Pro Football Hall of Famer, Don Shula, has been hospitalized recently due to complications associated with sleep apnea (OSA). The Miami dolphins legendary coach has suffered from fluid retention likely related to sleep apnea.

Sleep apnea is a common condition. Studies in the 1990’s show that nearly 25% of middle-aged men and 9% of middle-aged women in the United States are afflicted with this condition. This number continues to escalate due to ever increasing rates of obesity. Furthermore, the prevalence of sleep apnea increases with aging. (1-3)

Manifestations of sleep apnea range from daytime fatigue and snoring, to life-threatening conditions such as high blood pressure, heart attack, stroke, obesity, and diabetes. Sleep apnea was implicated in the premature death of Green Bay Packers defensive end Reggie White in 2004. While the medical profession is quite aware of the dangers associated with sleep apnea, it is estimated that 80-90% of adults with sleep apnea remain undiagnosed. (4)

This number is staggering and presents a serious public health burden to our society. Many patients believe that snoring and fatigue are a normal part of aging or do not pose a threat to their health. However, this is not the case.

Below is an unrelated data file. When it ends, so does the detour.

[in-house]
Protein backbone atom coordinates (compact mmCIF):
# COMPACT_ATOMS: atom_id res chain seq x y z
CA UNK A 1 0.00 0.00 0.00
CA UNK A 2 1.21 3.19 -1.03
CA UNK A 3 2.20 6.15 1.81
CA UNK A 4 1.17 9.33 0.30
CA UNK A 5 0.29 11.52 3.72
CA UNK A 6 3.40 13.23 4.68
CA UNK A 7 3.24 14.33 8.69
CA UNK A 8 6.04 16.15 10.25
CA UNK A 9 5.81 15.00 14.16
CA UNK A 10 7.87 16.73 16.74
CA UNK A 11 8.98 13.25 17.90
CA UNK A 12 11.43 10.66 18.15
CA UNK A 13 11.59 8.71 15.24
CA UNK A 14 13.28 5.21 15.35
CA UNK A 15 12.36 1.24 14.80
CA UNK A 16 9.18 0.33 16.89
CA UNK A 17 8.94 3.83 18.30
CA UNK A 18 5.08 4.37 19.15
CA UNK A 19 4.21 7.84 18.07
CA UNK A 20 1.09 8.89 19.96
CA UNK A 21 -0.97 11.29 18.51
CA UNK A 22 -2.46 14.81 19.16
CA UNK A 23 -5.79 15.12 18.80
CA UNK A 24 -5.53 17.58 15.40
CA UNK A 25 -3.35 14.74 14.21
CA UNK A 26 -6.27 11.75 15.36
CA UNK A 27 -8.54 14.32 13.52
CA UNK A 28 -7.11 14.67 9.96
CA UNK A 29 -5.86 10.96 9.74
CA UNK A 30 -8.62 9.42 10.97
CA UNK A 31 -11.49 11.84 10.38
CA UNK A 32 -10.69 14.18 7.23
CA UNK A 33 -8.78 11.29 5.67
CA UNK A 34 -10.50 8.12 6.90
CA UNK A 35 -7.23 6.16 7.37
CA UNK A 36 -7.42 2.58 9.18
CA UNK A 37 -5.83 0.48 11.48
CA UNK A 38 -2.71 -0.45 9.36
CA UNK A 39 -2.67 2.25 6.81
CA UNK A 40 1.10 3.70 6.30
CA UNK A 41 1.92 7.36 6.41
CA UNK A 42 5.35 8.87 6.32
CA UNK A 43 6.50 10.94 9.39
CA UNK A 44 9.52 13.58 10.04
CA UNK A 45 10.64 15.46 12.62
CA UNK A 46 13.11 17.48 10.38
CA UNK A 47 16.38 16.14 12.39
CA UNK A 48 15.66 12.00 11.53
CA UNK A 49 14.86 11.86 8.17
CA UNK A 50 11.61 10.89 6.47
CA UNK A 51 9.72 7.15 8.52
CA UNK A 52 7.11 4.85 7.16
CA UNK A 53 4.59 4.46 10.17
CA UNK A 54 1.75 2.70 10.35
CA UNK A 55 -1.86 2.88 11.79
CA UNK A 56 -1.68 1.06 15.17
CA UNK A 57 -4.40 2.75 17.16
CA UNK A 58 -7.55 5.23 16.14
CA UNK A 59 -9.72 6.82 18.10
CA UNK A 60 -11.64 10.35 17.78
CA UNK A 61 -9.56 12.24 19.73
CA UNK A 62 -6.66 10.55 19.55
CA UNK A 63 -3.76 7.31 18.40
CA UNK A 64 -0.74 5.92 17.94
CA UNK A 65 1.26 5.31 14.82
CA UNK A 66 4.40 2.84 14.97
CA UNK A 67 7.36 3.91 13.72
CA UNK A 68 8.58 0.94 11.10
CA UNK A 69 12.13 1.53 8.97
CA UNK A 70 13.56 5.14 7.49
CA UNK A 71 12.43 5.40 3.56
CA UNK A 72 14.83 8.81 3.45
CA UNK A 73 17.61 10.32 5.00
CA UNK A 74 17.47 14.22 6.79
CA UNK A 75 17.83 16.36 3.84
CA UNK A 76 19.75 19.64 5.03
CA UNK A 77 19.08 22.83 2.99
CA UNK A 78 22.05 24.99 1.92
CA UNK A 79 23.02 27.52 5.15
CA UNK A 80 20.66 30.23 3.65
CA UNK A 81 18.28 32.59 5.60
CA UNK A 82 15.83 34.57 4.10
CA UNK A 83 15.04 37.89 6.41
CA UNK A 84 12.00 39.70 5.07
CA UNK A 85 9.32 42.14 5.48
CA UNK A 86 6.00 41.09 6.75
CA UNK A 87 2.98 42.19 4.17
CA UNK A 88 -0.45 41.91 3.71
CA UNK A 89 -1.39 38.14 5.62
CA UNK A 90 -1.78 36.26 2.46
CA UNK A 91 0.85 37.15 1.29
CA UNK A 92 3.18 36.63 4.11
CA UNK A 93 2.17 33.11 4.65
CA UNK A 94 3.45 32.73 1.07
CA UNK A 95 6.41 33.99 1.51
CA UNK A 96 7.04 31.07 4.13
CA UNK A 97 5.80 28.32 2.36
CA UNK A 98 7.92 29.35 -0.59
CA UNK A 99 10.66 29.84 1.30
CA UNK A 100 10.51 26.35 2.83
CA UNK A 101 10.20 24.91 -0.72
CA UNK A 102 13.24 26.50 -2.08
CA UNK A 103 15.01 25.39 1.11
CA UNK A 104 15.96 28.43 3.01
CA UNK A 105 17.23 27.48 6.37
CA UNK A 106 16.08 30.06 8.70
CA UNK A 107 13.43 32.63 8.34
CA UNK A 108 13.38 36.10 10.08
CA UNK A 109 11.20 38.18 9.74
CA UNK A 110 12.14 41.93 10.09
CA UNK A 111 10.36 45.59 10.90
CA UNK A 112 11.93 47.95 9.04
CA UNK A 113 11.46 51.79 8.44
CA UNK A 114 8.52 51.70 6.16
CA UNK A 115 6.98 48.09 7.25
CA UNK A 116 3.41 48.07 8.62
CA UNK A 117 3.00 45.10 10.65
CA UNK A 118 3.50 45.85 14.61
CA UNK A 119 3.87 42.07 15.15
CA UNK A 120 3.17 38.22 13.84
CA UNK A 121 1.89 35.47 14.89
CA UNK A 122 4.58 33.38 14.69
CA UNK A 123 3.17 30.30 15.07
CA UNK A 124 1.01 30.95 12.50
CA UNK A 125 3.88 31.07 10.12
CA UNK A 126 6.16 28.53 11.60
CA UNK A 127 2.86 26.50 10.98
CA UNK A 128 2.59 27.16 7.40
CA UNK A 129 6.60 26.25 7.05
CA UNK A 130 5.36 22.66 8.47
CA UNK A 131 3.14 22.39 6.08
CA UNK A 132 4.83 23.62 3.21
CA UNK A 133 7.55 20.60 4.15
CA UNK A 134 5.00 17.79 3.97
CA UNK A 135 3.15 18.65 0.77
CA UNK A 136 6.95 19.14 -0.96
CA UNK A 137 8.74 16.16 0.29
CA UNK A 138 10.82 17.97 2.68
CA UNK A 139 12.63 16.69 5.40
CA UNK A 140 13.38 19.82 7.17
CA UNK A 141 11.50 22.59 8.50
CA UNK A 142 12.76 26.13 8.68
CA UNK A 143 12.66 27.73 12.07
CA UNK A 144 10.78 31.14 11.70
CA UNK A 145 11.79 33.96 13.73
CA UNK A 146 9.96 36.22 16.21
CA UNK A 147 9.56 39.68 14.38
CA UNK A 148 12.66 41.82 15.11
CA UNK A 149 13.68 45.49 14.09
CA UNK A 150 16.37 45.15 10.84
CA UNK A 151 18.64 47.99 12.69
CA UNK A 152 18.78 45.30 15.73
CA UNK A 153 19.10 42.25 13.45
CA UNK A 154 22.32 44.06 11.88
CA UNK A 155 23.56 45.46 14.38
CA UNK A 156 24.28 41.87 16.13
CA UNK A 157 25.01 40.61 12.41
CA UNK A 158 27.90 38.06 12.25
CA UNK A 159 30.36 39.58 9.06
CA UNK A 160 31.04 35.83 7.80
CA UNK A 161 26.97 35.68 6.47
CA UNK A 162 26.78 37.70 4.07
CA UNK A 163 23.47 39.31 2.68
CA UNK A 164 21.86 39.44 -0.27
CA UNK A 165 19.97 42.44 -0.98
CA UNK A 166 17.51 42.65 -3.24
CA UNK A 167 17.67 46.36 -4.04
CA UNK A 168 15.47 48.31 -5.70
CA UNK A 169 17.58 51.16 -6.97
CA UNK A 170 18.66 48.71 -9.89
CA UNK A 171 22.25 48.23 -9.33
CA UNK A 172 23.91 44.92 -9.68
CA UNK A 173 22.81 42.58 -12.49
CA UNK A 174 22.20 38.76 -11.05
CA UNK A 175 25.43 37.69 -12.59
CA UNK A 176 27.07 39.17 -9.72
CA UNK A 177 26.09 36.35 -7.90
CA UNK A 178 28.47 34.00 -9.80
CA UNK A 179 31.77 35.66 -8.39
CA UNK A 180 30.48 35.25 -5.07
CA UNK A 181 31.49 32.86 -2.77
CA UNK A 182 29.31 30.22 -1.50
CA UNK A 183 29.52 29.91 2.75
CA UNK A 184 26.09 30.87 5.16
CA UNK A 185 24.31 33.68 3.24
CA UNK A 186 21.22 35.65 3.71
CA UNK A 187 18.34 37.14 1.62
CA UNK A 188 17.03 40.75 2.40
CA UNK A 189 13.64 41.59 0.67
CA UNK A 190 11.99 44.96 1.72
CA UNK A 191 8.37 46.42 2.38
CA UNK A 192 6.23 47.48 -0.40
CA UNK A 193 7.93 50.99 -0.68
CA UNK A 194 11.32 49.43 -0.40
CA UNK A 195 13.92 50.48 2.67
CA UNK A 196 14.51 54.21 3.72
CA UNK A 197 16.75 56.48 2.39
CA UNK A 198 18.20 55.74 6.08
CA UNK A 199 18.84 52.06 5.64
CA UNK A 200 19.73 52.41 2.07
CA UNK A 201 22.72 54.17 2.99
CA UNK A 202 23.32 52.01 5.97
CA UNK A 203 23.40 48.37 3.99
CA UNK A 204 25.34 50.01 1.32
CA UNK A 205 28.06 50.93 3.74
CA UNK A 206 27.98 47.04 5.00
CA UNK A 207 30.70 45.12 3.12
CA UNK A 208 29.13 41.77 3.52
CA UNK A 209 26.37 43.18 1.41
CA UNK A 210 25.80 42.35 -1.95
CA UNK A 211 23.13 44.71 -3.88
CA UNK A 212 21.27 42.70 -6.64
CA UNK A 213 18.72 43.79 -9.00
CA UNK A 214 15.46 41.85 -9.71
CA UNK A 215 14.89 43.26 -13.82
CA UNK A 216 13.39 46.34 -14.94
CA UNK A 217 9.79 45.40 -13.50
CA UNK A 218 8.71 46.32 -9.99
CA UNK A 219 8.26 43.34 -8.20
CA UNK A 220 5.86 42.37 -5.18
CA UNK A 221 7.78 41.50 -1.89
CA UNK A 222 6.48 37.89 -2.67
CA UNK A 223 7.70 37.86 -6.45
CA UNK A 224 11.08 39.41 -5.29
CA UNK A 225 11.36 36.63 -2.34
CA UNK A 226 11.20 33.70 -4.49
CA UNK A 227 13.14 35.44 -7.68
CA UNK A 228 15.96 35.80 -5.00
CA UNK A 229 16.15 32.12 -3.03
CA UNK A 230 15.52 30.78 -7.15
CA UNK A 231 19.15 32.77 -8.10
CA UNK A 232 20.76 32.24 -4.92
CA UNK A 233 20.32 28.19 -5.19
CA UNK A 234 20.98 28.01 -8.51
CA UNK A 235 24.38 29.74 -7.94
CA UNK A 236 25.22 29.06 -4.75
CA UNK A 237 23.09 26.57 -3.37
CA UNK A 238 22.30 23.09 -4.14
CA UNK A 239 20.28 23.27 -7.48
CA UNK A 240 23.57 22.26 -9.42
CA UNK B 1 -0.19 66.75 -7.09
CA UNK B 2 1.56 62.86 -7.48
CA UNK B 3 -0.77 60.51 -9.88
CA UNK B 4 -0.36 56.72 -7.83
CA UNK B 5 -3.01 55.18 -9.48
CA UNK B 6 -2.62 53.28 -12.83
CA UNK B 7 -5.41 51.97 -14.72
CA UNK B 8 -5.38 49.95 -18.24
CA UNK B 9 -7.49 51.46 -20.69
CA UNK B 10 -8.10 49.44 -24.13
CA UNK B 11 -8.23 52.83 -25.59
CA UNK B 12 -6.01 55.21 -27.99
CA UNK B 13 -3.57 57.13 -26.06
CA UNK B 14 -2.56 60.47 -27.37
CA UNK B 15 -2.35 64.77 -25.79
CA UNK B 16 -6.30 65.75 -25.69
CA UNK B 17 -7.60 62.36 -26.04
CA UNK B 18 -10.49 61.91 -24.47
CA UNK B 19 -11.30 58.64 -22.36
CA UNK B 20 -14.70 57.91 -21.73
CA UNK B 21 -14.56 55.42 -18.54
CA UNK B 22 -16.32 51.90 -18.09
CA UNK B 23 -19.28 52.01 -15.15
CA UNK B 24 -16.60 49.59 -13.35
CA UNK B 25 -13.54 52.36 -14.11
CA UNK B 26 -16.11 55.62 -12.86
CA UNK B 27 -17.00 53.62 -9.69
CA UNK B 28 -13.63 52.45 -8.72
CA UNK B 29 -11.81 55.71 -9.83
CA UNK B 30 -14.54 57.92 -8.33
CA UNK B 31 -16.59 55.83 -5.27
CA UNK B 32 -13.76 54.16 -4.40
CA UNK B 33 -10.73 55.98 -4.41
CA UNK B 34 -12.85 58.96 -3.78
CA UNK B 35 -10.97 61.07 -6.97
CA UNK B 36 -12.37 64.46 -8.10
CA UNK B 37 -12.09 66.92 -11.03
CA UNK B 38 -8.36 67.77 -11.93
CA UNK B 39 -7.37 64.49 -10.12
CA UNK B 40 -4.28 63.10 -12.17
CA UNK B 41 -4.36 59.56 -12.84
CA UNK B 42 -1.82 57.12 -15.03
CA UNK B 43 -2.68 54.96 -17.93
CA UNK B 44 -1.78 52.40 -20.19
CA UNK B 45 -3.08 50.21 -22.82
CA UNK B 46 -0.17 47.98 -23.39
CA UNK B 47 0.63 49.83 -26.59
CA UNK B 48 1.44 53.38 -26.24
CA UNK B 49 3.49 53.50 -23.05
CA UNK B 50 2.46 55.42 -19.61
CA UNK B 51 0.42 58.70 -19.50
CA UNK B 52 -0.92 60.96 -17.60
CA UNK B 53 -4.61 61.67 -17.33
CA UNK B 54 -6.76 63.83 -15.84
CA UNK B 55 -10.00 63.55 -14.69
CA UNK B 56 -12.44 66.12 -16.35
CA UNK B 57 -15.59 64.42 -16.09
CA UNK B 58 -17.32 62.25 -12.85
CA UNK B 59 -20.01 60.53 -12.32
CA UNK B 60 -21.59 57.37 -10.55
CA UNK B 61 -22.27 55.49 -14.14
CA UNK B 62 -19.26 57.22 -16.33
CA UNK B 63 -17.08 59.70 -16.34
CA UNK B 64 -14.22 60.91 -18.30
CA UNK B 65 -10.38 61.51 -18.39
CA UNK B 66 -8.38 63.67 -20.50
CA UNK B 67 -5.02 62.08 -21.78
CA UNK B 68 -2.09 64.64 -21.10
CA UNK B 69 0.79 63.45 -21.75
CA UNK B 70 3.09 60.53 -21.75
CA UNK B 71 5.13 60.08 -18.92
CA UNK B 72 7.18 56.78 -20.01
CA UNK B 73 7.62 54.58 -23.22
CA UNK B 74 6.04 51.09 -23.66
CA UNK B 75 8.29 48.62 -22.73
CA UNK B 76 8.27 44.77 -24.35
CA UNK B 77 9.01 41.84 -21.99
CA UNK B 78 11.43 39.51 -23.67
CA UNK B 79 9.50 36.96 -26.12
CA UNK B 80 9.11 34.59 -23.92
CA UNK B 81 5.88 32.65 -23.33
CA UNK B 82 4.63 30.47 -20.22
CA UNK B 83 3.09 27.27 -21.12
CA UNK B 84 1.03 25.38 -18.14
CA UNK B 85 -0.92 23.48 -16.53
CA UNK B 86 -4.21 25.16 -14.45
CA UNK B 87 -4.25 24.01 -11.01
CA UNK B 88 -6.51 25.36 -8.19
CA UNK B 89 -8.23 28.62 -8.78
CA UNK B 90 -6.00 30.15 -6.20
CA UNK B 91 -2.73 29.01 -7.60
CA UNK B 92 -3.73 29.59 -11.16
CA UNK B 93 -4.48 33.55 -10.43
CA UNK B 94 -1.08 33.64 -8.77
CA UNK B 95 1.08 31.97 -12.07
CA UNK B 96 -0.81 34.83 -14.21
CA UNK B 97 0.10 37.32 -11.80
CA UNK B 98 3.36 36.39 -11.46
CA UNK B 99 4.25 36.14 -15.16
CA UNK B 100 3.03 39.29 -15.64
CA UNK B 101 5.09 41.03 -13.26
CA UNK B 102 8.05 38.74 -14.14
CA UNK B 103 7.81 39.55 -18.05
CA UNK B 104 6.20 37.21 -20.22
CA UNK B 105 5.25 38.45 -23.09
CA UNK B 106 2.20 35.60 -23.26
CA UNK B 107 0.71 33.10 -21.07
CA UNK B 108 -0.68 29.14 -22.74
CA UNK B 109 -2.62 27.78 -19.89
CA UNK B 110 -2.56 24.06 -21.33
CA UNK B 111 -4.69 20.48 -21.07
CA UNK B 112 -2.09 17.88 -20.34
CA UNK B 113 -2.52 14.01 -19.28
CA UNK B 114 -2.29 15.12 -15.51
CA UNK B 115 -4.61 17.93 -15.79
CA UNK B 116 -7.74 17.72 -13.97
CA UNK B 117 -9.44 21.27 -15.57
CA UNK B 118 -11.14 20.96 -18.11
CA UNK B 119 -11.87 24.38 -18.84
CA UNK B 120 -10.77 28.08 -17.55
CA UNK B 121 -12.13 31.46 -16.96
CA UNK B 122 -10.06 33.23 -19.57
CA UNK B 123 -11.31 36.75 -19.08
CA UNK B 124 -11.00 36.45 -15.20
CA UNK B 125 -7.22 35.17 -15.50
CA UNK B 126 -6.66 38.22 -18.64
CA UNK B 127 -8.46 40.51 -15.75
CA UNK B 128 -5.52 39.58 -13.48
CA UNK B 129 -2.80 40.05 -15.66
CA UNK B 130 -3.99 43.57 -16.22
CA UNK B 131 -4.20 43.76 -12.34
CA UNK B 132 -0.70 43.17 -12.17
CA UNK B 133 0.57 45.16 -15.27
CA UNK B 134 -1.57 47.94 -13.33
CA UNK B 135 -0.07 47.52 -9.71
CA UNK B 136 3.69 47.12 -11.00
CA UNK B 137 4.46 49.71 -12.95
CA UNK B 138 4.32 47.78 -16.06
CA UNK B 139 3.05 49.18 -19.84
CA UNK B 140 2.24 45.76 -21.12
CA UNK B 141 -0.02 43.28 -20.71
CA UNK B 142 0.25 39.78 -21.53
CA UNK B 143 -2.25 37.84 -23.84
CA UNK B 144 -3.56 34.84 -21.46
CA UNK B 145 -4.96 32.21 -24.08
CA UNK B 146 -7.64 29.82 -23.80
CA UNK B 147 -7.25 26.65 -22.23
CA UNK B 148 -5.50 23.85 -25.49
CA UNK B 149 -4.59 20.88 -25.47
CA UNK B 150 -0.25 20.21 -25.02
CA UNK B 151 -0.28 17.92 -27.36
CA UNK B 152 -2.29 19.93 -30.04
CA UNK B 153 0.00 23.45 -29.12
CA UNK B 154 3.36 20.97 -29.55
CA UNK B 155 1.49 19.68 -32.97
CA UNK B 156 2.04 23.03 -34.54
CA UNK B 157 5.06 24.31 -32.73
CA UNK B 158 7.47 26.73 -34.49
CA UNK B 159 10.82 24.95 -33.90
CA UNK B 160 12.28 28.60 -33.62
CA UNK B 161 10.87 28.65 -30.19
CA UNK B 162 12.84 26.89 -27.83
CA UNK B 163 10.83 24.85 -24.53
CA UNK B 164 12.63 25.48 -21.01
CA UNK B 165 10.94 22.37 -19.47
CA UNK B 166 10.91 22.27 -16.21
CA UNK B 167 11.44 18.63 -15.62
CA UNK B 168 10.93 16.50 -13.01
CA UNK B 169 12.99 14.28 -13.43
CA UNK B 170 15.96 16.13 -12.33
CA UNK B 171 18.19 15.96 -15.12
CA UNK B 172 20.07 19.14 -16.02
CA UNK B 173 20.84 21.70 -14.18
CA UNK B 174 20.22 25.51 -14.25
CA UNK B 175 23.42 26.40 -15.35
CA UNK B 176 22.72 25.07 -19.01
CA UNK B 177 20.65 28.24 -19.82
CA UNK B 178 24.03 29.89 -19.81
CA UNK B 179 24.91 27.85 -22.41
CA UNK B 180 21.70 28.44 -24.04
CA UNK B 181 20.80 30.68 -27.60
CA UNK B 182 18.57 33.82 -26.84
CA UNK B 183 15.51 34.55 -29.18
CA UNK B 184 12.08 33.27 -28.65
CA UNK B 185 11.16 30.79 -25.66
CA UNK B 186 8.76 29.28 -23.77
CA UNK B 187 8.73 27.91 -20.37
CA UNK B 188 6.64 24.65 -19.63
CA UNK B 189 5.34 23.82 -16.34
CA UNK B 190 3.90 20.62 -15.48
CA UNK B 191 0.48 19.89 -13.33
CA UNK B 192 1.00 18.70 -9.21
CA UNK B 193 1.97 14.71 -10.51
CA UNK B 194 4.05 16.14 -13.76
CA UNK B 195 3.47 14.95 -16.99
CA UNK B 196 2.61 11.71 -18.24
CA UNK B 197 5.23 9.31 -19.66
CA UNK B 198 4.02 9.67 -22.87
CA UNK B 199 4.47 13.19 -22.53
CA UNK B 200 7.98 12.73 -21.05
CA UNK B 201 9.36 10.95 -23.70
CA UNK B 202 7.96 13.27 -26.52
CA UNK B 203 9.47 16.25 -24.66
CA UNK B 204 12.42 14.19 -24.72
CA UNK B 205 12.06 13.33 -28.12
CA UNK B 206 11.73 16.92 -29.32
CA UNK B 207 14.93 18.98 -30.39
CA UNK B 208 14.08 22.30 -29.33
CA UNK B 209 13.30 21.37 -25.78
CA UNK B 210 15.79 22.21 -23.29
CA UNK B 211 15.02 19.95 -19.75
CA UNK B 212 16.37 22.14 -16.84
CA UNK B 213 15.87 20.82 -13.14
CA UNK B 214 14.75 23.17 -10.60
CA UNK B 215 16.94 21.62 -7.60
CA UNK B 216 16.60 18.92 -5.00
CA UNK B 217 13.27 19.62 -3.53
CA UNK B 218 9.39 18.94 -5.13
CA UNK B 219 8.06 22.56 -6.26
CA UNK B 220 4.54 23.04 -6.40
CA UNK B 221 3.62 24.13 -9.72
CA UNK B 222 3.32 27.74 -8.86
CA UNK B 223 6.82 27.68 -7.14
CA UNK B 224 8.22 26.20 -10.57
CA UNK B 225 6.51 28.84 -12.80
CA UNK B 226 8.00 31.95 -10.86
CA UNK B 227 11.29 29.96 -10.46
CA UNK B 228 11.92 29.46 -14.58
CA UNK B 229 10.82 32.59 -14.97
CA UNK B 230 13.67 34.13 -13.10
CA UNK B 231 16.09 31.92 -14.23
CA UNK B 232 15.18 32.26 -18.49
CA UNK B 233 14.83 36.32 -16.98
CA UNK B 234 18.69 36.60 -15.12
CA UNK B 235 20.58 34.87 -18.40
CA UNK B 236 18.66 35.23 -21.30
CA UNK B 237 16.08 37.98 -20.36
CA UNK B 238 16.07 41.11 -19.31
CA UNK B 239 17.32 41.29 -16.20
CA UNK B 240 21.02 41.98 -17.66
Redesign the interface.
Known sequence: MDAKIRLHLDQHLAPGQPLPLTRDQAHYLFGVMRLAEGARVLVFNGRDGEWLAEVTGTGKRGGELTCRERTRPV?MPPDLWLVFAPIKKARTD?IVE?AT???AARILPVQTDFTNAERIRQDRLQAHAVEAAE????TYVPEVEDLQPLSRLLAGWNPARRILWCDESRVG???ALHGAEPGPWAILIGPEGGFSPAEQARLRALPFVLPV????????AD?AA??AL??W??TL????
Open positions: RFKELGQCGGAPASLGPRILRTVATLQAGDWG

Cardiovascular disease or heart disease has been the number one cause of death in the United States for decades. (5) High blood pressure, heart failure and arrhythmias (irregular heart patterns such as atrial fibrillation) are linked to sleep apnea. In addition, the presence of sleep apnea may result in a progression of these medical conditions. Left untreated, sleep apnea results in a higher rate of death in patients with heart disease. The good news is that prompt diagnosis and treatment of sleep apnea may lower your risk for developing these health problems. Also, if you have already been diagnosed with heart disease, treatment of sleep apnea can reduce your risk of death, complications and hospitalizations.

As sleep specialists, we are constantly trying to raise patients’ awareness of the risks of sleep apnea. Sleep apnea is treatable. Unfortunately, the majority of patients with sleep apnea are not being treated. Our hope is that the public’s desire to seek treatment may be increased by the dialogue created by a prominent figure’s health problems, such as Mr. Shula’s recent hospitalization.

If you or a loved one suffers from snoring and fatigue, please consult your sleep specialist.


1. Young T, Palta M, Dempsey J, et al. The occurrence of sleep-disordered breathing among middle-aged adults. N Eng J Med 1993;328:1230-1235.

2. Bixler E, Vgontzas A, Ten-Have T, et al. Effect of age on sleep apnea in men. Am J Respir Crit Care Med 1998;157:144-148.

3. Santos-Silva R, Tufik S, Conway S, et al. Sao Paulo Epidemiologic Sleep Study: rationale, design, sampling, and procedures. Sleep Med 2009;10:679-685.


5. American Heart Association. Heart disease and stroke statistics-2009 update. Circulation 2009;119:e1-161.

Donald M. Sesso,M.D.
Alan S. Berger, M.D.